An Empowerment Cabaret is Coming to Vancouver

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Wyatt Foesset

It’s an age of powerful movements. Unprecedented numbers are using age-old platforms to boost their voices -- coming from marginalized and imprisoned communities -- and they have finally begun gaining their rightful footing and amplification. Folks are stepping forward from the shadows in every industry the world over with their stories, with their struggles, and it’s not something that the universe of theatre is impervious too. Which is exactly what the Board of Directors at Fabulist Theatre has in the back of their minds as they set forth to give amazing artists a moment to express themselves as human beings, and tell their tales.

The cast of "Our Time: an empowerment cabaret includes": Brianna Suratos Clark (Once On This Island - Fabulist), Cecilly Day (Hairspray - TUTS), Jaime MacLean (Matilda - National Tour, Fun Home - Arts Club), Mandana Namazi (Sunday In The Park With George - United Players), Regi Nevada (Little Shop Of Horrors - Vagabond Players, Songs For A New World - Fabulist), Chelsea Rose (Les Filles Du Roi - Urban Ink/Fugue), and Sasja Smolders (Geekenders) on stage, with Kate MacColl (Title of Show - Play On Words, composer of This Is Now) as Musical Director.

We had a chance to talk to Fabulist Theatre regarding their upcoming revue, and to hear more about their goals in giving more stage-time and spotlight to their diverse cast, and underrepresented experiences. What can you expect from Vancouver’s first female empowerment revue?

OSB: Tell us why you chose a revue style event for your message rather than a narrative?

FT: We (the Fabulist Board of Directors) were brainstorming ideas for our next project, and a revue just made sense. It's fairly simple to put together, at least compared to a full-scale musical, and it gave us immense freedom in terms of casting and song selection. I think you'll find that the way we have strung the songs together makes a lot of sense - there may not be a narrative line, but certain songs definitely compliment each other.

OSB: How did you vet and put together this group of performers?

FT: Everyone you'll see in "Our Time" we had either worked with before or had always wanted to work with. We are so thrilled with the group we've assembled. They are all remarkable humans who have compelling stories to share.

OSB: We hear you're accepting donations during shows, tell us about what those are for, and where they're going.

FT: For every show we do, we try to find a charity or organization that reflects the theme of the show. At each performance of "Our Time", we'll be hosting representatives from Dress For Success Vancouver, the local chapter of the international not-for-profit organization that empowers women to achieve economic independence by providing a network of support, professional attire and the development tools to help women thrive in work and in life.

OSB:  This is an important purpose, extremely so. What do you hope the audience, or the actors, take away from Our Time?

FT:That we're all individuals, that everyone has their own unique lived experiences; because of that, empowerment looks different to everyone. I hope audiences will see the truth of these performers shining through these wonderful songs and be inspired by them.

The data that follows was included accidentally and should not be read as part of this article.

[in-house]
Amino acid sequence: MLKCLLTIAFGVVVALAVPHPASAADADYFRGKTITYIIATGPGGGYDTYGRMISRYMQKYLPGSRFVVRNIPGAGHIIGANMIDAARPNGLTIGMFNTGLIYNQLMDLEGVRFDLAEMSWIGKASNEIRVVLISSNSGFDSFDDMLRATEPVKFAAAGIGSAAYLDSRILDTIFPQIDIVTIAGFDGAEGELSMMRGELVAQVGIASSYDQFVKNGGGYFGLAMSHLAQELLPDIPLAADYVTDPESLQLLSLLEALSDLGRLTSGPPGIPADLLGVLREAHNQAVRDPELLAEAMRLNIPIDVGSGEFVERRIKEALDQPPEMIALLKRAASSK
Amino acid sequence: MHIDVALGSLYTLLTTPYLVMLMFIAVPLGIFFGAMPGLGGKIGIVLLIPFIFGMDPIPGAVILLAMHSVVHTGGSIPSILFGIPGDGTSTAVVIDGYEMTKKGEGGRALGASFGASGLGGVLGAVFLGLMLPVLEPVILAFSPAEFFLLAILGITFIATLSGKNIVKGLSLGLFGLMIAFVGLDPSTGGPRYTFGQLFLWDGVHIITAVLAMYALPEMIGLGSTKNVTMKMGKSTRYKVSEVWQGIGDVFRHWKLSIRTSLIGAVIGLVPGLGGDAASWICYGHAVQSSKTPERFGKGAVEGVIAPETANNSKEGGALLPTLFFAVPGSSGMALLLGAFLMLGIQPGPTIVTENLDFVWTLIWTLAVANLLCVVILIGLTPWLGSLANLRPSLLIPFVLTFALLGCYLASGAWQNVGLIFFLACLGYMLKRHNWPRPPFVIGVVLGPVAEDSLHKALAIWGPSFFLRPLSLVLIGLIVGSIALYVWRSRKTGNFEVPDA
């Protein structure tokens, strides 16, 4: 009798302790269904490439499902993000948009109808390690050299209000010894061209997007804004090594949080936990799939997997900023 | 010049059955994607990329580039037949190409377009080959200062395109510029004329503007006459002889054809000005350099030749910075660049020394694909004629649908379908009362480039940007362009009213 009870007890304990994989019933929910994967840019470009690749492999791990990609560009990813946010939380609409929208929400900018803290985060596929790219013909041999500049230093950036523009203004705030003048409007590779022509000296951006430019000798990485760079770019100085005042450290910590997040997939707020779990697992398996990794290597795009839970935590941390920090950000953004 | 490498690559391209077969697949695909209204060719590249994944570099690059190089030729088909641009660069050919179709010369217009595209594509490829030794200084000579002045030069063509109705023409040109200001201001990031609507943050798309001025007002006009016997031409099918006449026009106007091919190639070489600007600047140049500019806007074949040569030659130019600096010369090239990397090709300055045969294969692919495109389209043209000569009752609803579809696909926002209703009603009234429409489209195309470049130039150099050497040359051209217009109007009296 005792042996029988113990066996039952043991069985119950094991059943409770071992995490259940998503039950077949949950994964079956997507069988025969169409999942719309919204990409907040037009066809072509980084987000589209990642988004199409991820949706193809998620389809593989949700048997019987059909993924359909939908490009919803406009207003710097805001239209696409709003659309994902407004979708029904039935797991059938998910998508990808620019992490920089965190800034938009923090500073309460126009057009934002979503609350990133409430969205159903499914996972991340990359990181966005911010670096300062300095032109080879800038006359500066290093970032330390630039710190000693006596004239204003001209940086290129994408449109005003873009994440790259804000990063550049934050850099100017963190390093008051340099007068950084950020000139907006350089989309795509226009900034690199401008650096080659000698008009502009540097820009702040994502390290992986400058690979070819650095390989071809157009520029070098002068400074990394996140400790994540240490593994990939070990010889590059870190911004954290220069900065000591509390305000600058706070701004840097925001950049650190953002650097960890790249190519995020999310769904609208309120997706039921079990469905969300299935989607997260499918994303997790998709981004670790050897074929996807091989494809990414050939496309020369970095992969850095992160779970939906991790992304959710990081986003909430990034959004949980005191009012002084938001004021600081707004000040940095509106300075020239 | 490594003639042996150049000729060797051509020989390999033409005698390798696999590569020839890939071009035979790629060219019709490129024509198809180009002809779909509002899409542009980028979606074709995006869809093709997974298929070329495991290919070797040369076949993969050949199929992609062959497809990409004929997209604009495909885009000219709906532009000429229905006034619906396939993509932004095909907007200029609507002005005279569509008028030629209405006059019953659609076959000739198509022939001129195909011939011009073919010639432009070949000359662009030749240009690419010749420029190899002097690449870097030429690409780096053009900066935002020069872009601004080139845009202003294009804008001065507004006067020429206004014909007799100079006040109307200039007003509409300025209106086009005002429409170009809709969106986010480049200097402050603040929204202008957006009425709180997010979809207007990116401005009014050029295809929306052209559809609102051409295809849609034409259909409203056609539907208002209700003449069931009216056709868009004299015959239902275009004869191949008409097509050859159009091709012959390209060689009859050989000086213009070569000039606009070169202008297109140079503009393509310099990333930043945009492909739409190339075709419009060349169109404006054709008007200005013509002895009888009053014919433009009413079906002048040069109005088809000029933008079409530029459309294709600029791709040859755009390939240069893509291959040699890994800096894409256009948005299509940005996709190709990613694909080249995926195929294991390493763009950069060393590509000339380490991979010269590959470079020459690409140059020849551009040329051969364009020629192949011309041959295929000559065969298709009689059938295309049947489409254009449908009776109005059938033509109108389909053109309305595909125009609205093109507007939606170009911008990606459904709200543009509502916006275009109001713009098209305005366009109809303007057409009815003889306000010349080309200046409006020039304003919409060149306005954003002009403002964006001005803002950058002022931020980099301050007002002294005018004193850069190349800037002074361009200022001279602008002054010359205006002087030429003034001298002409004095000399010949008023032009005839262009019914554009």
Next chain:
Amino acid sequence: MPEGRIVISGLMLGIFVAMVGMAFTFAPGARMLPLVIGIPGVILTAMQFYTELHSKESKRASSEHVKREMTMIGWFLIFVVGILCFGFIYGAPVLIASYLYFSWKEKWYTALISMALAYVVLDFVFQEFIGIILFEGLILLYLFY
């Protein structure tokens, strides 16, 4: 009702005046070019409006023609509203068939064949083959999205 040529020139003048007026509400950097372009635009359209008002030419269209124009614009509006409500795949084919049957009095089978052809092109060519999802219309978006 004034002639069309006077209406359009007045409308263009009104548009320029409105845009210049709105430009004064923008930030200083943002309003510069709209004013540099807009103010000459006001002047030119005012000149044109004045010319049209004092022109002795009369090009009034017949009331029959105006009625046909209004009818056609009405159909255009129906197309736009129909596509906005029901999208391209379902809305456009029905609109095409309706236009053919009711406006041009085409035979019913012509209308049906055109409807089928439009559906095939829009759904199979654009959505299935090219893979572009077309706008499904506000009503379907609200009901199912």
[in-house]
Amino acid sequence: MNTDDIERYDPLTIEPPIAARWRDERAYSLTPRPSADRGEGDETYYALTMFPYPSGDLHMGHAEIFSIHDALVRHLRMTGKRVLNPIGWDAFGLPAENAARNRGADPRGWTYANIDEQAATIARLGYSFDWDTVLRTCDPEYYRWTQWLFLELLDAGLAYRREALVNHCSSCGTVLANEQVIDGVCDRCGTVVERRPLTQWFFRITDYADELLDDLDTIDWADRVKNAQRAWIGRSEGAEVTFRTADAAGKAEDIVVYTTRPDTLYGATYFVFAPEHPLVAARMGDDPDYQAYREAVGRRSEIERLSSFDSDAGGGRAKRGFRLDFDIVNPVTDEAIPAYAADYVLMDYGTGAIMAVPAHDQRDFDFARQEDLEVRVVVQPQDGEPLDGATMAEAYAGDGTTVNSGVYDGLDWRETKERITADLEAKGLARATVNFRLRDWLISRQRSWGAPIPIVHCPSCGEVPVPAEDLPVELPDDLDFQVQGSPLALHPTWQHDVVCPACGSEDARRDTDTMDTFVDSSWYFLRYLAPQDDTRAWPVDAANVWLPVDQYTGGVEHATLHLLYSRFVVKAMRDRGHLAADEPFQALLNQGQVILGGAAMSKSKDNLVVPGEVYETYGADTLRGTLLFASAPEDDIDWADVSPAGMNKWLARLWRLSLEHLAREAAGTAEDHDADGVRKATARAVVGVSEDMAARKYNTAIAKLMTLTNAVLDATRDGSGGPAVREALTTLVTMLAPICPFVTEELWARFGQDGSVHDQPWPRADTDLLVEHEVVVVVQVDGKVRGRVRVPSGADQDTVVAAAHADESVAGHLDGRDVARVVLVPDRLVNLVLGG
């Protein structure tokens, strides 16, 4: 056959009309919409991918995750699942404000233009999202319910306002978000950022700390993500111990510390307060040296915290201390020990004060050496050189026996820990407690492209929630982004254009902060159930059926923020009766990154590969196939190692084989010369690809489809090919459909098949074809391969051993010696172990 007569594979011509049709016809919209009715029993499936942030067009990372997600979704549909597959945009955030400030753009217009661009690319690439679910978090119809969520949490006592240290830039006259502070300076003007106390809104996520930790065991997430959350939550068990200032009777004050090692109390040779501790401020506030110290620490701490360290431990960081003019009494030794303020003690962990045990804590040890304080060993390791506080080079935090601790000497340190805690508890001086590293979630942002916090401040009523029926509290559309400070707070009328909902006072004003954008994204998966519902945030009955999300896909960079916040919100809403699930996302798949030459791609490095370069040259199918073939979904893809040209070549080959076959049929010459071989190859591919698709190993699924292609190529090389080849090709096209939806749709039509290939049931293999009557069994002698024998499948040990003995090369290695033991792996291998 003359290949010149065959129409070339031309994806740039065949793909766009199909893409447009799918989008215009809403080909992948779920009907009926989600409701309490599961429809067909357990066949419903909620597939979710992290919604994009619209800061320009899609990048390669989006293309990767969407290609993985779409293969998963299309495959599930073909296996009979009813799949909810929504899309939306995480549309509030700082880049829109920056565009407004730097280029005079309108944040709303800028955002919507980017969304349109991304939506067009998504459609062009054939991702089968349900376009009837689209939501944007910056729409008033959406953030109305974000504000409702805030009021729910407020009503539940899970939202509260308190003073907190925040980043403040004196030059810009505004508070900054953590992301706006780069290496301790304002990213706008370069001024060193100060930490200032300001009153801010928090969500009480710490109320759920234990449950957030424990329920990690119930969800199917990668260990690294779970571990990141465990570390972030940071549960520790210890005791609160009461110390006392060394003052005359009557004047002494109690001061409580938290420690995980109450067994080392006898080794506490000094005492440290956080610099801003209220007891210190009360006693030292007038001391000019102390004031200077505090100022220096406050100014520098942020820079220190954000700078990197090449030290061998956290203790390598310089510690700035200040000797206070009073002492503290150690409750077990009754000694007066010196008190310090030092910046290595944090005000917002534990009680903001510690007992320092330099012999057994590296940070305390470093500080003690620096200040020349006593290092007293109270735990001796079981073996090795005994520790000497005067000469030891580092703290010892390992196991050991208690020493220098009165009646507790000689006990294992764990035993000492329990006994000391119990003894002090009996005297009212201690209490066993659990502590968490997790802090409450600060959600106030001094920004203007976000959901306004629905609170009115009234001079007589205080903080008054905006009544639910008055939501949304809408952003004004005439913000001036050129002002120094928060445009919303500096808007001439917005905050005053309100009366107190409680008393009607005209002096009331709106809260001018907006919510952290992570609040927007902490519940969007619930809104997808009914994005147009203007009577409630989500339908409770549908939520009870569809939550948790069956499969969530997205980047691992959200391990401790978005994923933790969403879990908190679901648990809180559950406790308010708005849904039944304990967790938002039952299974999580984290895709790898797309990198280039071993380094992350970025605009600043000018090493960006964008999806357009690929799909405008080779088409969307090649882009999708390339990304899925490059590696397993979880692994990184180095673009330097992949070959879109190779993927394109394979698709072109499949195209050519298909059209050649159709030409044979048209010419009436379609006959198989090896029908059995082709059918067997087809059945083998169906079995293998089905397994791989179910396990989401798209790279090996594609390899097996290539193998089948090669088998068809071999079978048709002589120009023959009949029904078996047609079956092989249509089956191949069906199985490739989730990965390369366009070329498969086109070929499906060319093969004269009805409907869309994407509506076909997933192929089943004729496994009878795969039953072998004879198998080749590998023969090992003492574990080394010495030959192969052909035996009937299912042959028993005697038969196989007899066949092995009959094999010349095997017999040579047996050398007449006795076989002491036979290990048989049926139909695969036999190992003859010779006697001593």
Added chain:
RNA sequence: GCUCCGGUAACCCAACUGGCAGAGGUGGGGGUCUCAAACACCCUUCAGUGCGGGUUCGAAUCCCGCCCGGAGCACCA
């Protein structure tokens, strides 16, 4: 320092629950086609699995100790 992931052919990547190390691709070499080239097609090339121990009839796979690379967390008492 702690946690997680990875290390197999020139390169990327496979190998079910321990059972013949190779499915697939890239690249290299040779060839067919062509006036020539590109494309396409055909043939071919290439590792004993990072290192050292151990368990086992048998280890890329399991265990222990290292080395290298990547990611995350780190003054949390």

OSB: How do you hope the stage evolves to help tell more of these stories? To change things?

FT: I think it's important to hear from people who have not had much opportunity to express their stories, their identities, with their own voices. Theatre asks an audience to feel empathy for someone else's struggle. So let's share that space, get uncomfortable if necessary, be moved, be allies, and foster dialogue.  

OSB: Vancouver's stage scene has done a lot, of late, (like Studio 58's "not in my space" program, and diversity committee), do you think Vancouver is pulling its weight? [Vancouver] is often considered ahead of the curve in a lot of communities, is that true with in this case?

FT: Based on some of the shows I've seen in Vancouver in the last few years, I think we're doing pretty well - but we can always do better! I still see so many extraordinary female and non-binary performers left looking for work because there just aren't enough parts out there in the shows that are currently being produced. At Fabulist we always try to think outside the box in terms of cross-gender/diverse casting, and I see that in a lot of the younger companies in the Vancouver theatre community. The big companies certainly appear to be taking notice and implementing changes of their own. It's an exciting time, to be sure, but there is still lots of work to do.

OSB: Any hints on whether or not a Vol.2 could be in the cards?

FT: It all depends on how this one goes! We would love for this to be the first of many. Once we see what kind of response we get, we'll see if it's feasible to do another. We certainly hope so!

Fabulist Theatre’s Our Time Cabaret will run three nights only, at the Kitsilano Neighbourhood House Hall (at 7th and Vine st) on the 17th, 18th, and 19th of August AT 8PM.

Donations are encouraged for Dress For Success Vancouver, a not-for-profit organization that empowers women to achieve economic independence by providing a network of support, professional attire and the development tools to help women thrive in work and in life.

Tickets and showtimes here: https://theourtimecabaret.brownpapertickets.com  

CHECK THEM OUT ON SOCIAL MEDIA FOR MORE CAST UPDATES and BEHIND THE SCENES CONTENT.

@FabulistTheatre

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